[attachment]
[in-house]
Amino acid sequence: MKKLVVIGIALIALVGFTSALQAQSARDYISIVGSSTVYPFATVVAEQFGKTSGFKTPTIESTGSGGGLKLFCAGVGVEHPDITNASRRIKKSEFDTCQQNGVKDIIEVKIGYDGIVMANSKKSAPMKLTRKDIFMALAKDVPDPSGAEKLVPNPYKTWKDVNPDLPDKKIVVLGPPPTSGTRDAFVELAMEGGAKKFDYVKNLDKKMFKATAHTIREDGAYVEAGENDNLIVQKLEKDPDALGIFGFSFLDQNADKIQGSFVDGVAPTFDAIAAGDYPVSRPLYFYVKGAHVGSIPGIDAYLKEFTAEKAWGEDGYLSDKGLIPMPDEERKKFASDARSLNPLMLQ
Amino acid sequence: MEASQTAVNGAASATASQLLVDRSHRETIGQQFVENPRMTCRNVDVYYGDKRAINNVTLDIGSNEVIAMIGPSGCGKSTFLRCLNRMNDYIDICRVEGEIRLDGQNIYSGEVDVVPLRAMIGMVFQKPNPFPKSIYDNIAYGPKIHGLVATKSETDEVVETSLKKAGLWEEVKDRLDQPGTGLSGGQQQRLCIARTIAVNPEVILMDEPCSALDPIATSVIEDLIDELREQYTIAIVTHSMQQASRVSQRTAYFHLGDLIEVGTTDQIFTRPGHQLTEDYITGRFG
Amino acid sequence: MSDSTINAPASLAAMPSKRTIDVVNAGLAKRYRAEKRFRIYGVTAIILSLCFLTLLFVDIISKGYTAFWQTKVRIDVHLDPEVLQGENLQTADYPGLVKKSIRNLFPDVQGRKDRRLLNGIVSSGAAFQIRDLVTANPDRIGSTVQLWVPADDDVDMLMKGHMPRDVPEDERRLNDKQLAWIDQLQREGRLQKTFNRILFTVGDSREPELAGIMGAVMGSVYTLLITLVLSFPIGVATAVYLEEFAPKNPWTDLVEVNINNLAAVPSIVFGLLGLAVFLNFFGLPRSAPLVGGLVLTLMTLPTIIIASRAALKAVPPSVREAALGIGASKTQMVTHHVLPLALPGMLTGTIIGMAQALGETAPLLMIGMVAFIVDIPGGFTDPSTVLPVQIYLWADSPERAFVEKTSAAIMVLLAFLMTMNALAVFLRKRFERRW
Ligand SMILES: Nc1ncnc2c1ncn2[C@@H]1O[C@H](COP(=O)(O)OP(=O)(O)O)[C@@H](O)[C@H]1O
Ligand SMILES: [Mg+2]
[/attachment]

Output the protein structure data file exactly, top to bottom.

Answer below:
[in-house]
Amino acid sequence: MKKLVVIGIALIALVGFTSALQAQSARDYISIVGSSTVYPFATVVAEQFGKTSGFKTPTIESTGSGGGLKLFCAGVGVEHPDITNASRRIKKSEFDTCQQNGVKDIIEVKIGYDGIVMANSKKSAPMKLTRKDIFMALAKDVPDPSGAEKLVPNPYKTWKDVNPDLPDKKIVVLGPPPTSGTRDAFVELAMEGGAKKFDYVKNLDKKMFKATAHTIREDGAYVEAGENDNLIVQKLEKDPDALGIFGFSFLDQNADKIQGSFVDGVAPTFDAIAAGDYPVSRPLYFYVKGAHVGSIPGIDAYLKEFTAEKAWGEDGYLSDKGLIPMPDEERKKFASDARSLNPLMLQ
Amino acid sequence: MEASQTAVNGAASATASQLLVDRSHRETIGQQFVENPRMTCRNVDVYYGDKRAINNVTLDIGSNEVIAMIGPSGCGKSTFLRCLNRMNDYIDICRVEGEIRLDGQNIYSGEVDVVPLRAMIGMVFQKPNPFPKSIYDNIAYGPKIHGLVATKSETDEVVETSLKKAGLWEEVKDRLDQPGTGLSGGQQQRLCIARTIAVNPEVILMDEPCSALDPIATSVIEDLIDELREQYTIAIVTHSMQQASRVSQRTAYFHLGDLIEVGTTDQIFTRPGHQLTEDYITGRFG
Amino acid sequence: MSDSTINAPASLAAMPSKRTIDVVNAGLAKRYRAEKRFRIYGVTAIILSLCFLTLLFVDIISKGYTAFWQTKVRIDVHLDPEVLQGENLQTADYPGLVKKSIRNLFPDVQGRKDRRLLNGIVSSGAAFQIRDLVTANPDRIGSTVQLWVPADDDVDMLMKGHMPRDVPEDERRLNDKQLAWIDQLQREGRLQKTFNRILFTVGDSREPELAGIMGAVMGSVYTLLITLVLSFPIGVATAVYLEEFAPKNPWTDLVEVNINNLAAVPSIVFGLLGLAVFLNFFGLPRSAPLVGGLVLTLMTLPTIIIASRAALKAVPPSVREAALGIGASKTQMVTHHVLPLALPGMLTGTIIGMAQALGETAPLLMIGMVAFIVDIPGGFTDPSTVLPVQIYLWADSPERAFVEKTSAAIMVLLAFLMTMNALAVFLRKRFERRW
Ligand SMILES: Nc1ncnc2c1ncn2[C@@H]1O[C@H](COP(=O)(O)OP(=O)(O)O)[C@@H](O)[C@H]1O
Ligand SMILES: [Mg+2]